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Ecstasy At Sea – Carnival Cruise to Ensenada, Mexico

from: Carolyn Proctor




Ecstasy At Sea – Carnival Cruise to Ensenada, Mexico

Read Jetsetters Magazine at www.jetsettersmagazine.com
http://www.jetsettersmagazine.com/archive/jetezine/cruise02/carnival/ectasy/ectasy.html

"Carnival has the fun" reads the exterior banner stretching across the side of Carnival's cruise ship Ecstasy. It's the first week-end in December, when one would think most folks are home preparing for the holidays, but this half-a-cruise down the Mexican Riviera from Long Beach, California to Ensenada, Mexico, is sold out.

At the Queen Mary pier in Long Beach, we board the ship on a crisp, foggy Friday afternoon. Carnival handles all the formalities of boarding inside the huge dome previously housing the Spruce Goose. On a colorful Mexican set we pause for boarding souvenir photos. Soon settled into a cabin on the Riviera deck, we check out the activity sheet for things to do.

For the first-time cruiser, Carnival's Ecstasy provides a full-scale introduction to the cruise vacation lifestyle so popular with travelers. From quizzes, game shows, bingo, casino gambling, musical dance shows, art auctions, ship tours, slot tournaments, spa services, fitness classes, disco dancing, karaoke, pub crawl and other events, there's non-stop entertainment. I decide I want a massage on Sunday, our day at sea. Good thing I checked it out before the ship sailed; Sunday massage time is nearly sold out, so I book for 8 a.m. Sunday morning.

Ecstasy sails promptly at 5:30 p.m., after which all passengers gather in blocky orange life vests at our respective "muster stations" for mandatory life boat drill. This is a serious, U.S. Coast Guard-managed event, at the conclusion of which Cruise Director Dana Hodson announces, "You are now officially on vacation."

Midship two glass elevators carry guests from the Empress deck skyward, where this beautiful open area is capped by an enormous glass dome. (Opening photo.) Exploring the deck levels, we check out the spa and gymnasium, so we'll know where to go to when we're ready to work out. Meanwhile we miss the shore excursion talk but not to worry—it's broadcast later in our cabin on ship TV. Our shore excursion choices are horseback riding, a visit to La Bufadora (one of three blow-holes in the world), or a visit to Mexico's oldest winery, founded by the Dominicans in 1888.

At our late seating in the Wind Star Dining Room, we meet our tablemates, a combination of couples and singles from Southern California. After dinner we check out Casino Royale, where there is plenty of action at slot machines, video poker machines, and live table games.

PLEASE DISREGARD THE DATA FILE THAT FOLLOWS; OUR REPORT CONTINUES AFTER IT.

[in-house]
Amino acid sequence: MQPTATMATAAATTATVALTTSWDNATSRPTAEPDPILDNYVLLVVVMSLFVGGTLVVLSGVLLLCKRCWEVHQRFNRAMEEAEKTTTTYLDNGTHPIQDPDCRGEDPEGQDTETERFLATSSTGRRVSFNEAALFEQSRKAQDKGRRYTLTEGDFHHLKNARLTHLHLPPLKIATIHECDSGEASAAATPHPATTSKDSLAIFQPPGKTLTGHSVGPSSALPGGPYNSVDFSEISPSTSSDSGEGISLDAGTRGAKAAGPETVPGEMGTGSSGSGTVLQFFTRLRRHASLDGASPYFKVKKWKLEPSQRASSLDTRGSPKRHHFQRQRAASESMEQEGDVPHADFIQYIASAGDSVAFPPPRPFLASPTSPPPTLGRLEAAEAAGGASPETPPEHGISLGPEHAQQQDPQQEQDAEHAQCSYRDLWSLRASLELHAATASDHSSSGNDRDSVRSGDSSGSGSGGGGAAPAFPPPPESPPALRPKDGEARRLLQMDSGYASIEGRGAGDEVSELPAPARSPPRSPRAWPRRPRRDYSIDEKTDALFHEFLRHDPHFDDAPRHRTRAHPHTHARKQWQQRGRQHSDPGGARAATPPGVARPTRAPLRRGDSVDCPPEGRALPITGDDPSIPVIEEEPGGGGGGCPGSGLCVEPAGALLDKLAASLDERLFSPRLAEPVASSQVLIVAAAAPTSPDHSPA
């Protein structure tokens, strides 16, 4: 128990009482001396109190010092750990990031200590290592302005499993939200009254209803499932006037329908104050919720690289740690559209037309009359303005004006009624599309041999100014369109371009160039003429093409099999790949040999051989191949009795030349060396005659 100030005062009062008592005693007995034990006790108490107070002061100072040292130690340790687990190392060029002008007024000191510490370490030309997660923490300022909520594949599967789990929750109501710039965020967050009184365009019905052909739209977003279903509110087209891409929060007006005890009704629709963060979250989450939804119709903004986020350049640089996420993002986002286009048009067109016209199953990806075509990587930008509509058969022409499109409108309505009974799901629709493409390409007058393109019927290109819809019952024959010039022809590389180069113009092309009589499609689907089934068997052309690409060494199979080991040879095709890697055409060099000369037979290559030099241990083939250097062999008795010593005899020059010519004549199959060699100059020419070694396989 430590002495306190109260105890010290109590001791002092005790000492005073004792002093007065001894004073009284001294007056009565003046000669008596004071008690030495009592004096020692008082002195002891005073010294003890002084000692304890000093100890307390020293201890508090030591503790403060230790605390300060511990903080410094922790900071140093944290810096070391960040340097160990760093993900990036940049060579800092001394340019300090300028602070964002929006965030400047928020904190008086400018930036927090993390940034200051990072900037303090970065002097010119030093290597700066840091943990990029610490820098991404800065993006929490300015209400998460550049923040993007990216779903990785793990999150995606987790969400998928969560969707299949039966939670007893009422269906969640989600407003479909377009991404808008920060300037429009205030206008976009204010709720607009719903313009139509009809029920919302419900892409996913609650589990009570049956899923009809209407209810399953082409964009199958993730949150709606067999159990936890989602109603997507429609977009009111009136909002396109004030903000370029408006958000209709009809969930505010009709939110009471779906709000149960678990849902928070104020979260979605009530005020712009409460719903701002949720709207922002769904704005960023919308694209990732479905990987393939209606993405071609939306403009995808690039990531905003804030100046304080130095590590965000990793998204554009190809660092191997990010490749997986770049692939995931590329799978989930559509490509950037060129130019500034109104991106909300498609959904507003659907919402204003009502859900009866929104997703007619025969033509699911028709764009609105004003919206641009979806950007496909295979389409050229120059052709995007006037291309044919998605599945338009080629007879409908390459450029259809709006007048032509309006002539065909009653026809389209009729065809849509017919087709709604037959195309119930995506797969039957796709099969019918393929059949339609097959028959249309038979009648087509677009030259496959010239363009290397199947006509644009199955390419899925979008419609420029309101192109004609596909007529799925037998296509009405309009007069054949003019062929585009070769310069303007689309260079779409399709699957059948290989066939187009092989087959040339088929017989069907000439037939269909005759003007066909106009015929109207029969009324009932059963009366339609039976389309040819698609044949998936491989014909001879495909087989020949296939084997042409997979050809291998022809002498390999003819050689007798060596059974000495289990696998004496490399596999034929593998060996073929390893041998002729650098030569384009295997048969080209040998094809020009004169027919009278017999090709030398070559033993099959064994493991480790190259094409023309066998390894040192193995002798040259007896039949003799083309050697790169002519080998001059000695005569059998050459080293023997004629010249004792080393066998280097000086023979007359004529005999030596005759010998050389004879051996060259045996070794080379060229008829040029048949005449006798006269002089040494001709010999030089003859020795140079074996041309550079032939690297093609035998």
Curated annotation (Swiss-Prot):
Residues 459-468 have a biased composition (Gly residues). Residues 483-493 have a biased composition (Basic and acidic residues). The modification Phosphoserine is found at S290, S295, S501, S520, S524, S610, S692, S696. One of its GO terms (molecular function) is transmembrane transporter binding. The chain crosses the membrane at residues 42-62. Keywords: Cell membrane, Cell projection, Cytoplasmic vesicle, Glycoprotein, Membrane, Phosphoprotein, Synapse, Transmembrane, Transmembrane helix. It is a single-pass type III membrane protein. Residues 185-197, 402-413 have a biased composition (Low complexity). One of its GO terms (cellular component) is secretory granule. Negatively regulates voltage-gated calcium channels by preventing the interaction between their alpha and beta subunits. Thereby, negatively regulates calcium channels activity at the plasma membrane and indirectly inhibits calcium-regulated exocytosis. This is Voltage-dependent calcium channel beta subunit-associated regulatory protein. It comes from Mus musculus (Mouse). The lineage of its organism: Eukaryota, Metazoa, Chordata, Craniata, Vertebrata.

The last thing we do Friday night is put out the menu hang-tag on our cabin door with our selections for room-service breakfast. Saturday morning, not wanting to be among the first crowd surging to get into Ensenada, we sleep until 8 a.m. Our in-cabin breakfast, including a pot of coffee arrives. Around ten we head into Ensenada for a day of exploring and shopping. Two men in what appears to be Mayan Indian garb are available at the foot of the gangway on the waterfront promenade for souvenir photo ops.

A shuttle bus operates every five minutes between the Ecstasy and Ensenada's fashionable shops and busy restaurants of Avenida Primera. Besides the driver, a young guitar player boards, does two songs, collects a few tips and departs. A guide boards, and uses the short travel time to sell us his company's tour to La Bufadora. We discover his tour includes an hour to shop the flea market there and a free lunch and is fifteen dollars cheaper than the one officially offered aboard Ecstasy, so we sign up.

The air-conditioned bus ride to the blowhole takes about forty-five minutes, through barren Baja countryside. The stalls at La Bufadora offer silver jewelry, clothing, leather goods, rubber snakes and bugs, pottery, hats, fish tacos, and churros, the long, deep-fried Mexican version of the doughnut. There are also plenty of opportunities to buy Coronas with lime. We don't recommend churros and Coronas together. . .

Ensenada in winter is not balmy and hot. Though the sun is out, the official high for the day is 65 degrees Fahrenheit. We are comfortable in tee shirts and shorts, but not the locals. On our way back to the ship we stop for an espresso and the pretty girl operating the machine wears a down jacket and, entwined around her neck, a wool scarf.

We're too tired from shopping to stay in Ensenada until the ship sails, so we're on the shuttle back to the waterfront promenade where there's yet one more colorful Mexican shopping opportunity. Good thing our little cabin has ample storage for our luggage and our shopping purchases, too.

At dinner we hear from our tablemates all about what we missed. Seems a lot of young people gathered at Tapas and Beer, the restaurant/bar that's replaced Husong's Cantina (still the same as it was in the sixties) as the most popular watering hole in Ensenada. One thing led to another, and later in the afternoon there were girls dancing on tables in various stages of drunkenness and undress. Making cruise memories?

To read this entire feature FREE with photos cut and paste this link:
http://www.jetsettersmagazine.com/archive/jetezine/cruise02/carnival/ectasy/ectasy.html

Carolyn Proctor, Jetsetters Magazine Correspondent – Read Jetsetters Magazine at www.jetsettersmagazine.com To book travel visit Jetstreams.com at www.jetstreams.com and for Beach Resorts visit Beach Booker at www.beachbooker.com




About the Author

Carolyn Proctor, Jetsetters Magazine Correspondent. Join the Travel Writers Network in the logo at www.jetsettersmagazine.com Leave your email next to the logo for FREE e travel newsletter.






  


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